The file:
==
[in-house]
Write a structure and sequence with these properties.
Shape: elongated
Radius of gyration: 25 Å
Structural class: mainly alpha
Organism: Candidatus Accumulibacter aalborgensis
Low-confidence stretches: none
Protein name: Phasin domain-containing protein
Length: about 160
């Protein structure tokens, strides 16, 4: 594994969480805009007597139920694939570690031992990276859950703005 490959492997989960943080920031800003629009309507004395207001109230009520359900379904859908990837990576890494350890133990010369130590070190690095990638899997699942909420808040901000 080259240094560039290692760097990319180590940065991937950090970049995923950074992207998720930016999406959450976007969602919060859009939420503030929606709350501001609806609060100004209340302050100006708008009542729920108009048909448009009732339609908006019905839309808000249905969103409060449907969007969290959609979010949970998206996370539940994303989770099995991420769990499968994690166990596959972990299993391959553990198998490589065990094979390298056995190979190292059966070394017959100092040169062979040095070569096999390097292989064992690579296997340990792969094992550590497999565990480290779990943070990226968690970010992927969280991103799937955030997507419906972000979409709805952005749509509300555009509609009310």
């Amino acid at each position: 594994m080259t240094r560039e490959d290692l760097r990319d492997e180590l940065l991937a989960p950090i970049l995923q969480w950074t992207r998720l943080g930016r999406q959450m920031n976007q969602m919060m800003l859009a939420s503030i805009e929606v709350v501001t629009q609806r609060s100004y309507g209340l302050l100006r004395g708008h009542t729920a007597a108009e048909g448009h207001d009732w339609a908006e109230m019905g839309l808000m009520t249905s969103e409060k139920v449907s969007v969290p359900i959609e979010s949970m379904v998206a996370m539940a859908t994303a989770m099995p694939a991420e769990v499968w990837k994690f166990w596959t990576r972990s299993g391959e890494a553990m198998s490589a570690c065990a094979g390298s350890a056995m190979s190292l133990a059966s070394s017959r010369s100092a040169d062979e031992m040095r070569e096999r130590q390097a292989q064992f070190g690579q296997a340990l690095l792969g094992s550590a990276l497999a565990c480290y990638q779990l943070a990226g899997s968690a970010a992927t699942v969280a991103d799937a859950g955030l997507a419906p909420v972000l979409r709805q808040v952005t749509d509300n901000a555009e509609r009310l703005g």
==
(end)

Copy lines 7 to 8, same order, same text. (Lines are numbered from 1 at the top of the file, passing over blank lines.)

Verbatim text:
Low-confidence stretches: none
Protein name: Phasin domain-containing protein